We’re coming into one of the strangest times of the year for the writer: the Holidays.
The dreaded Holidays bring with them a legitimate army of distractions, obstructions, and pitfalls for the writer. Between a total disruption of the work schedule, extra obligations to spend time with the family you aren’t seeing regularly, and oh yeah, let’s not forget, here in America there are at least two massive debilitating food comas on the horizon. Time to write is hard enough to come by when things are normal, but things are hardly normal at this time of year.
Which is why I find it particularly sadistic to put a writer’s torture device like NaNoWriMo smack in the middle of it… but that’s a rant for another day. (I’m not doing NaNo this year, nor do I have plans to ever do it. I have better things to do with my time than subject myself to the slings and arrows of attempting to write an entire half of a novel [50,000 words do not a novel make] in the least writer-friendly part of the year. Further, if you need NaNo to finally motivate you to write that novel you’ve been thinking about writing, then maybe — maybe! — writing isn’t your thing. But there I go digressing.)
On a writer’s website I frequent, an aspiring writer, who seemed in true distress, asked the question in a state of near hysteria: with meals to cook, shopping to do, family to visit, kids to take care of, etc… how do you find the time to write through this time?
I may be a hopeless optimist, and I may be a tireless (or tiresome, depending on your point of view) motivator — I really do make myself sick sometimes with all the rah-rah-rah and YOU CAN DO IT speeches around here — but one thing I’m also guilty of is a bit of a blunt streak. Okay, maybe less of a streak and more of a huge angry puckered blunt scar. I don’t like to mince words, and most of the time, a harsh dose of the truth is a lot more helpful. (This gets me in a lot of trouble with my wife and, well, people in general, but at 35, I am who I am.)
So I responded the only way I could think to: The same way you make time any other time of the year. Sure, you’ve got Holiday Things clamoring for your attention to the left and to the right, like a swarm of needy toddlers who have just learned that you will actually come running the moment they say “daddy”. And yeah, maybe you’re more obligated to devote time to these Things than usual. But the way you take time to write now is the same way you take time at any other point in the year.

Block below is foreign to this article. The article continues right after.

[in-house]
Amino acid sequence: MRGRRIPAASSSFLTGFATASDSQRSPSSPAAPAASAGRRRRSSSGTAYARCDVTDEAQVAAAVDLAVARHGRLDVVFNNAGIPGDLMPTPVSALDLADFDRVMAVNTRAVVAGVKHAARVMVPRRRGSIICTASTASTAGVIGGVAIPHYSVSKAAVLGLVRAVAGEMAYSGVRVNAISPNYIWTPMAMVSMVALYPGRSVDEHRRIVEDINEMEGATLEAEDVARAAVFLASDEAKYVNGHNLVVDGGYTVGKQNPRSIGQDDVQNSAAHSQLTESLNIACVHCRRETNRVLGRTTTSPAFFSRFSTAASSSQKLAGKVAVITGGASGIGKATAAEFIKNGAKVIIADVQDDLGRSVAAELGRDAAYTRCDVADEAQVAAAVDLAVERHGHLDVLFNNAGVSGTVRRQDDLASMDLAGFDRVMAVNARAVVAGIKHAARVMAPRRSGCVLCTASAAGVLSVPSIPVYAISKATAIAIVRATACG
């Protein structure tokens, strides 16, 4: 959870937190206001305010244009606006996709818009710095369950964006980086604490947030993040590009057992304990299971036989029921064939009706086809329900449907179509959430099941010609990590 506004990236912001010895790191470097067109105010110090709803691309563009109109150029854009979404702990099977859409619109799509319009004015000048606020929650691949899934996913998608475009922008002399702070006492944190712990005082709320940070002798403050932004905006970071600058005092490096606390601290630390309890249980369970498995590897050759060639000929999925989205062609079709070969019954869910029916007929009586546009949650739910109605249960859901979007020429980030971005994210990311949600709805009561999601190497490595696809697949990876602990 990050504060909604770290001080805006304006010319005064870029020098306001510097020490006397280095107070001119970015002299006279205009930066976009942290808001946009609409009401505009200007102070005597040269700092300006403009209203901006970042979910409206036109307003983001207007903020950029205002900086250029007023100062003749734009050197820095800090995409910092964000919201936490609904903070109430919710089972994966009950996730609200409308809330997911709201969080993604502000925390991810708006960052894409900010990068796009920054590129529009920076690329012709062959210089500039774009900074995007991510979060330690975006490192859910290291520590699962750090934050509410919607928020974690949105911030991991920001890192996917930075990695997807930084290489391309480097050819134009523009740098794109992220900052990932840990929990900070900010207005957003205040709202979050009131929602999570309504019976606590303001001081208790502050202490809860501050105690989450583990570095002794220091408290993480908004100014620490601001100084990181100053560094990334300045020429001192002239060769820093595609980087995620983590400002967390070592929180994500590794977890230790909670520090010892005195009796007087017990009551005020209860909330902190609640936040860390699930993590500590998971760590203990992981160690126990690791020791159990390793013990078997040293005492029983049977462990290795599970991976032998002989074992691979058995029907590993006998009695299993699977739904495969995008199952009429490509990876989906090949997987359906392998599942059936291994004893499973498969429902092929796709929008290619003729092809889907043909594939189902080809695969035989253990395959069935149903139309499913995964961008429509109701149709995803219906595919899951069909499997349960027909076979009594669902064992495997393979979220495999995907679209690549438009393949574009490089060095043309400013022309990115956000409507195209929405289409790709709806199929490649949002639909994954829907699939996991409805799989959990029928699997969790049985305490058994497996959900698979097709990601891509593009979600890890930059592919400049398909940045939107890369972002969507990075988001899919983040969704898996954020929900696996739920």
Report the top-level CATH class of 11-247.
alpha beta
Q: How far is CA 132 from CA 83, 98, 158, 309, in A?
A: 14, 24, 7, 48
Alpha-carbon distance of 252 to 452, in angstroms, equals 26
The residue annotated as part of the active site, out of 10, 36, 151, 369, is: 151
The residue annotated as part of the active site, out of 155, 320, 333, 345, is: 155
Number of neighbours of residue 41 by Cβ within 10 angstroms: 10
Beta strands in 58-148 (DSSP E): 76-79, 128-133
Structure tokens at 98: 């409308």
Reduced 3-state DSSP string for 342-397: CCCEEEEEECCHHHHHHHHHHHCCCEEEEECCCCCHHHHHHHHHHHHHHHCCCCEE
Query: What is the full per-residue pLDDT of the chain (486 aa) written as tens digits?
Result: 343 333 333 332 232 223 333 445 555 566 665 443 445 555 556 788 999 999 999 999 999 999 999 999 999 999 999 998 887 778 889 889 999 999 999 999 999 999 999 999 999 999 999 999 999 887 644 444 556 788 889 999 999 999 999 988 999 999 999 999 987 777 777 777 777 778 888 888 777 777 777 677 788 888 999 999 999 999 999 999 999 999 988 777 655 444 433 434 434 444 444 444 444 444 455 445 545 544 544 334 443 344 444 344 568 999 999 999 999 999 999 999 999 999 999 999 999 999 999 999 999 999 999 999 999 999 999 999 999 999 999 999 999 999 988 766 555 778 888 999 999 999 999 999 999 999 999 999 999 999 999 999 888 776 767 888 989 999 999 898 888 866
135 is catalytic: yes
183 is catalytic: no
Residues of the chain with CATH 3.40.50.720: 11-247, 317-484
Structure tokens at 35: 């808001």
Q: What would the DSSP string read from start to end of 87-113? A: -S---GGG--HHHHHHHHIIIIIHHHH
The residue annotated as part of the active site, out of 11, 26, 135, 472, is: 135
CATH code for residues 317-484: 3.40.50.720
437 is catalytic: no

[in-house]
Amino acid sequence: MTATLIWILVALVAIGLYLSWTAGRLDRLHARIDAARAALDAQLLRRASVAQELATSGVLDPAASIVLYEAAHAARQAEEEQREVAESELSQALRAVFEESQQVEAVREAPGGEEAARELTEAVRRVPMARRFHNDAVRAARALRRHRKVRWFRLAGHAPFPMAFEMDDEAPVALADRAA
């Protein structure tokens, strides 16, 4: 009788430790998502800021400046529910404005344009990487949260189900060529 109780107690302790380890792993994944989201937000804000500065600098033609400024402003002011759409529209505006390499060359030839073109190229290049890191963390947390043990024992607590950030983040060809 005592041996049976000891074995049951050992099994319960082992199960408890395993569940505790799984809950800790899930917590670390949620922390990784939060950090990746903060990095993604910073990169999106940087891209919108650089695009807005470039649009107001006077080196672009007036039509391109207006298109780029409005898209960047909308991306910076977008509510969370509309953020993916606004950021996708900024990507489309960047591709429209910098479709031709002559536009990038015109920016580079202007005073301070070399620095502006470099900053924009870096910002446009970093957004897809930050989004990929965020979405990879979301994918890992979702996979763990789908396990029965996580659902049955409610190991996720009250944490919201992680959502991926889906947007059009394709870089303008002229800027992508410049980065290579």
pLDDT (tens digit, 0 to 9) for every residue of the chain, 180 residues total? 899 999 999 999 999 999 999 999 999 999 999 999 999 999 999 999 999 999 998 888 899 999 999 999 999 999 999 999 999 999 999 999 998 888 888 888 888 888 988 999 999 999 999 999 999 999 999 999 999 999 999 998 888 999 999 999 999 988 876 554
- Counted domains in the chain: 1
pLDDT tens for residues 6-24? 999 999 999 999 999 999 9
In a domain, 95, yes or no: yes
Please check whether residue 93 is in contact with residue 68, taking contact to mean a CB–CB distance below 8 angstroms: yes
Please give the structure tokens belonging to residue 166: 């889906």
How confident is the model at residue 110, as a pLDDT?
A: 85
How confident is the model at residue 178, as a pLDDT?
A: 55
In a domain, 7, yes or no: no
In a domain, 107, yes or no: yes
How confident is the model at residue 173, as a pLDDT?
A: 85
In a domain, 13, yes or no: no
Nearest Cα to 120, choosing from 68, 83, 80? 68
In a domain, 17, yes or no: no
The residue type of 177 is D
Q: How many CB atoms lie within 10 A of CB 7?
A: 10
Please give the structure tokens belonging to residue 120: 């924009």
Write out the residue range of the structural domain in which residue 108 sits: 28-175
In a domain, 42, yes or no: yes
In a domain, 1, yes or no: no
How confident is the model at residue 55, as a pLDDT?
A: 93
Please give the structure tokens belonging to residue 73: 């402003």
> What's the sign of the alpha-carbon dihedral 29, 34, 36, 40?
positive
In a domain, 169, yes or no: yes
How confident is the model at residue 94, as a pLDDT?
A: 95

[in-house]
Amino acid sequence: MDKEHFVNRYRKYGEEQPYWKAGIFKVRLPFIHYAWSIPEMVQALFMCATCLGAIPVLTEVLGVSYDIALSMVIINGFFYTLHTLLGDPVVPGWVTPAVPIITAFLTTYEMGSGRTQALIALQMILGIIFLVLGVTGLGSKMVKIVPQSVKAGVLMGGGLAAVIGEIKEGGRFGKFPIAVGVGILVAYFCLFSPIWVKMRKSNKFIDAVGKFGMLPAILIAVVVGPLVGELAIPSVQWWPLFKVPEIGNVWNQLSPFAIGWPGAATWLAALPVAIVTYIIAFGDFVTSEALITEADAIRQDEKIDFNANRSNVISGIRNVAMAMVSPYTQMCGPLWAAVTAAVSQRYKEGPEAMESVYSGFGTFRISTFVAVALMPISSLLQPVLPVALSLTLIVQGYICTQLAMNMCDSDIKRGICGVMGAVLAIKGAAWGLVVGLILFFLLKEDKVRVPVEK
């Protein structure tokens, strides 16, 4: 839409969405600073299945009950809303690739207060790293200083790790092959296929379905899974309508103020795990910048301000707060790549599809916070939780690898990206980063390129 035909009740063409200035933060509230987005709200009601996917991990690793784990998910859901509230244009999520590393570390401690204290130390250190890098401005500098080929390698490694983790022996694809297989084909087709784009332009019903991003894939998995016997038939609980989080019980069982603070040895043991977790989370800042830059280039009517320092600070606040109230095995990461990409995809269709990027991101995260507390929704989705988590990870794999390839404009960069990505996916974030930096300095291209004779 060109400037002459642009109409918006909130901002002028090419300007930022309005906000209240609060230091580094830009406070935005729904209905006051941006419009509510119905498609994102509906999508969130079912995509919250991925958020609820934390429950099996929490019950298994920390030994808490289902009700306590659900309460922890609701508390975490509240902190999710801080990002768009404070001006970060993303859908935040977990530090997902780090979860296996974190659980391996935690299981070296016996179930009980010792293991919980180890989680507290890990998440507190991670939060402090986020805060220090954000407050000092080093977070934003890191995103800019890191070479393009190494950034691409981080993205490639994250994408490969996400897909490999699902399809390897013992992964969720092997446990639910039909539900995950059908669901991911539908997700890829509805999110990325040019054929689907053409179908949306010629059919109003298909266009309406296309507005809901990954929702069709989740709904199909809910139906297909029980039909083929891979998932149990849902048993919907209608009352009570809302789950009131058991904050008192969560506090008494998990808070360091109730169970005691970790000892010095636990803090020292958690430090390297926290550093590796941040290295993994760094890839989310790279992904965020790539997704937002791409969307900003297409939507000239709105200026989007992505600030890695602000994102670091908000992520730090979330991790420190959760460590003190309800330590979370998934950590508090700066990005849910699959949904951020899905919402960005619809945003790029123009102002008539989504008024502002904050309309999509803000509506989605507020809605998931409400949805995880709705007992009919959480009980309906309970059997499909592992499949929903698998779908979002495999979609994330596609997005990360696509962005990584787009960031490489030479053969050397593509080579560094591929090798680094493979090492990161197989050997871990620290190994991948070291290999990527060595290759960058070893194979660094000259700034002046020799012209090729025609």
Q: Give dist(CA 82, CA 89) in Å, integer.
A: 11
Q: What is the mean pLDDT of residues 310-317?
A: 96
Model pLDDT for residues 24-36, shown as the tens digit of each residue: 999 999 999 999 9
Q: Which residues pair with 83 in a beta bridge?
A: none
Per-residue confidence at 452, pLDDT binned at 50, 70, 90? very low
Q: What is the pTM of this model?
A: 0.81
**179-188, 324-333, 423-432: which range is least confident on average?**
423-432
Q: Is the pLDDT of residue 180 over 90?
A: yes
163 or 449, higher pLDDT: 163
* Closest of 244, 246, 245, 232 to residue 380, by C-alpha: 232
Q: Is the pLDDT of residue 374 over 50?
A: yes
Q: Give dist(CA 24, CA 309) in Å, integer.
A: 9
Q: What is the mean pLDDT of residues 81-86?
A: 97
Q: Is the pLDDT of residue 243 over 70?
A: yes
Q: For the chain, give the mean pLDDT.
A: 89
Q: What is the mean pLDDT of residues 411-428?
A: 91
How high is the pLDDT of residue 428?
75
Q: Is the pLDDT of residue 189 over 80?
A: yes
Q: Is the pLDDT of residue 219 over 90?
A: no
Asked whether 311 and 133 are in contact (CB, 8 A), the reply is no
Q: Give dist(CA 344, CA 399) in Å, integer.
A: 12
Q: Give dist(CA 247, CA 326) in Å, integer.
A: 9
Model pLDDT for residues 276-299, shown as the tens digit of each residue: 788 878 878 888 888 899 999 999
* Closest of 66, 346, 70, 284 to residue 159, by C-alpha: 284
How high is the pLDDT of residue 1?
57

You prioritize. You set values on the things that matter to you and you allocate time accordingly. Maybe this is the year where instead of waking up at 3 AM to go Black Friday shopping, you sleep in until 6 instead, and get up to write while the rest of the family is fighting for their lives in the mad crush of humanity trying to get to the Tickle Me Elmos of this year. Maybe instead of sitting around watching the Lions lose on Turkey Day (a favorite national pastime) you sneak off to jot down a few words. Maybe you don’t have to cook EVERY SINGLE DISH for your family’s dinner, and with the time you free up, you can escape to your study (or your car, or your bathroom, or your wherever) to get some words on the page. You might upset a few people when you bust up their traditions, but you’ll stay on target for your WIP.
Or maybe you multitask and pull double duty. Wake up even earlier to do your writing before the family wakes up, or stay up late to pound the page after they fall asleep. Keep the laptop on the kitchen counter while you’re cooking and season your draft while you season the mashed potatoes. Jot notes on characters and plot points in your favorite organizational writer’s app while you’re waiting in line to shop at 4 AM. Granted, you do this, and you’ll certainly have some consequences: sleep deprivation and overly salty mashed potatoes at the very least.
Or a lunatic altered personality that grins vacuously at a computer while stirring a bowl full of, apparently, WHOLE UNCUT VEGETABLES. Who could be that happy? Who could use a computer at all in the kitchen without destroying it immediately with splattered sauce and flying crumbs?
Or, and here’s the really crazy part where we entertain notions that maybe we don’t want to, you don’t.
It’s tempting to think that with the time off you could or even should get tons of extra work in on your writing. But you don’t have to.
This is not me telling you to make like Elsa and let your writing go over the holidays. Momentum matters, and you’re gonna be turkey-drunk enough to have plenty of trouble getting back in the rhythm when the world returns to normal. By all means, write when you can. But the world isn’t going to stop spinning, and your novel won’t collapse, and your writing hand won’t wither to an ashen husk if you take a little time off.
Writing can be something like a second job, and we need time off from any job if we want to not lose our minds.
And let’s be honest: during these strange days, we lose our minds enough to begin with.
LOOK AT ME ENDING NOT JUST A SENTENCE BUT A WHOLE BLARG POST WITH A PREPOSITION
ENGLISH TEACHERS DON’T CARE WHEE
This weekly Re-Motivational post is part of Stream of Consciousness Saturday. Every Saturday, I use LindaGHill‘s prompt to refocus my efforts and evaluate my process, sometimes with productive results.